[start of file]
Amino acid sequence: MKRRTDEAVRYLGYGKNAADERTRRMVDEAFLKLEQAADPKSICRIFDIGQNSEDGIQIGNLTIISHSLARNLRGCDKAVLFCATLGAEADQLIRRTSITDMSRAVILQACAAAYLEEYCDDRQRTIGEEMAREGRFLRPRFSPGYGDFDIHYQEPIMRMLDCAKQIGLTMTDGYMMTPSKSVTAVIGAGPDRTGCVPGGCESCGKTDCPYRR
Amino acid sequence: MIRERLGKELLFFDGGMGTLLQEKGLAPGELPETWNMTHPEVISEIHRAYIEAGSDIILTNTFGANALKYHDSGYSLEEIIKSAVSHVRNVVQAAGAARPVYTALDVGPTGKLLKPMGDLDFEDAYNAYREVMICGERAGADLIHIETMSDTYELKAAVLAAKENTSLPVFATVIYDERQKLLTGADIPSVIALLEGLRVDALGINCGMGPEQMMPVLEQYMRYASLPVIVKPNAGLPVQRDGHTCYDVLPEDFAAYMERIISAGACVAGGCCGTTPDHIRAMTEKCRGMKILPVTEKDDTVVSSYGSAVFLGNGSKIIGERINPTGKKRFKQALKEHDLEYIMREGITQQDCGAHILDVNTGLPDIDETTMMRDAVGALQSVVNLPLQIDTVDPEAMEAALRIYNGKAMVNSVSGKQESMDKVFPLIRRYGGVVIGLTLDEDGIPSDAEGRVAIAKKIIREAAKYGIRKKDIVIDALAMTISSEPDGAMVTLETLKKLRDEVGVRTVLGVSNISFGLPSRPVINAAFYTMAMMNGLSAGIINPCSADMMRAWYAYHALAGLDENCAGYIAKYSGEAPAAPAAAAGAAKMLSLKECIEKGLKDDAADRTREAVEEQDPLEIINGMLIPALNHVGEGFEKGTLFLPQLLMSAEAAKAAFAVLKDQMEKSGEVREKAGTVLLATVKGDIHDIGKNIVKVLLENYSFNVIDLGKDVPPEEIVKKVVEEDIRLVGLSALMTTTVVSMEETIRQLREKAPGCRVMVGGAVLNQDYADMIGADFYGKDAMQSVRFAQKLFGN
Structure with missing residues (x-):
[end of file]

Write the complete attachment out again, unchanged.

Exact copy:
Amino acid sequence: MKRRTDEAVRYLGYGKNAADERTRRMVDEAFLKLEQAADPKSICRIFDIGQNSEDGIQIGNLTIISHSLARNLRGCDKAVLFCATLGAEADQLIRRTSITDMSRAVILQACAAAYLEEYCDDRQRTIGEEMAREGRFLRPRFSPGYGDFDIHYQEPIMRMLDCAKQIGLTMTDGYMMTPSKSVTAVIGAGPDRTGCVPGGCESCGKTDCPYRR
Amino acid sequence: MIRERLGKELLFFDGGMGTLLQEKGLAPGELPETWNMTHPEVISEIHRAYIEAGSDIILTNTFGANALKYHDSGYSLEEIIKSAVSHVRNVVQAAGAARPVYTALDVGPTGKLLKPMGDLDFEDAYNAYREVMICGERAGADLIHIETMSDTYELKAAVLAAKENTSLPVFATVIYDERQKLLTGADIPSVIALLEGLRVDALGINCGMGPEQMMPVLEQYMRYASLPVIVKPNAGLPVQRDGHTCYDVLPEDFAAYMERIISAGACVAGGCCGTTPDHIRAMTEKCRGMKILPVTEKDDTVVSSYGSAVFLGNGSKIIGERINPTGKKRFKQALKEHDLEYIMREGITQQDCGAHILDVNTGLPDIDETTMMRDAVGALQSVVNLPLQIDTVDPEAMEAALRIYNGKAMVNSVSGKQESMDKVFPLIRRYGGVVIGLTLDEDGIPSDAEGRVAIAKKIIREAAKYGIRKKDIVIDALAMTISSEPDGAMVTLETLKKLRDEVGVRTVLGVSNISFGLPSRPVINAAFYTMAMMNGLSAGIINPCSADMMRAWYAYHALAGLDENCAGYIAKYSGEAPAAPAAAAGAAKMLSLKECIEKGLKDDAADRTREAVEEQDPLEIINGMLIPALNHVGEGFEKGTLFLPQLLMSAEAAKAAFAVLKDQMEKSGEVREKAGTVLLATVKGDIHDIGKNIVKVLLENYSFNVIDLGKDVPPEEIVKKVVEEDIRLVGLSALMTTTVVSMEETIRQLREKAPGCRVMVGGAVLNQDYADMIGADFYGKDAMQSVRFAQKLFGN
Structure with missing residues (x-):